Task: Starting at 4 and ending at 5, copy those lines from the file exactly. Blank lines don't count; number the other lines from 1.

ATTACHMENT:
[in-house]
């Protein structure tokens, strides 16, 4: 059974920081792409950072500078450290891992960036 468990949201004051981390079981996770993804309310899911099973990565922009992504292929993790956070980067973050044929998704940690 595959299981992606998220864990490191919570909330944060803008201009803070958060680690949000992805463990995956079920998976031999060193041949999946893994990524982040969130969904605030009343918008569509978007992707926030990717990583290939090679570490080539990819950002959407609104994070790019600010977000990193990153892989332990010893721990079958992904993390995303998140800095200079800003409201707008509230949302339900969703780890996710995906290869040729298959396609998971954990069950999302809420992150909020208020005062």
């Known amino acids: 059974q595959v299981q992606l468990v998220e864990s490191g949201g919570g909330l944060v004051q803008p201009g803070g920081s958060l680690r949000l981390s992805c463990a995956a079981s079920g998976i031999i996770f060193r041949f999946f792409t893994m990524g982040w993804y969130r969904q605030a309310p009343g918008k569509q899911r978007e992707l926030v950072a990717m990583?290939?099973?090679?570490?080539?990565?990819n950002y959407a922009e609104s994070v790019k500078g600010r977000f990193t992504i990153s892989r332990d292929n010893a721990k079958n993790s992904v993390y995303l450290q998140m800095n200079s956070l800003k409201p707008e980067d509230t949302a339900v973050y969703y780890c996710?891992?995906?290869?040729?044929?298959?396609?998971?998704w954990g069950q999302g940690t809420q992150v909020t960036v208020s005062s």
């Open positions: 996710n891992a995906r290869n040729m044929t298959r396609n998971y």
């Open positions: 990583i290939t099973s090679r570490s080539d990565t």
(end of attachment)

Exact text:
């Open positions: 996710n891992a995906r290869n040729m044929t298959r396609n998971y």
């Open positions: 990583i290939t099973s090679r570490s080539d990565t």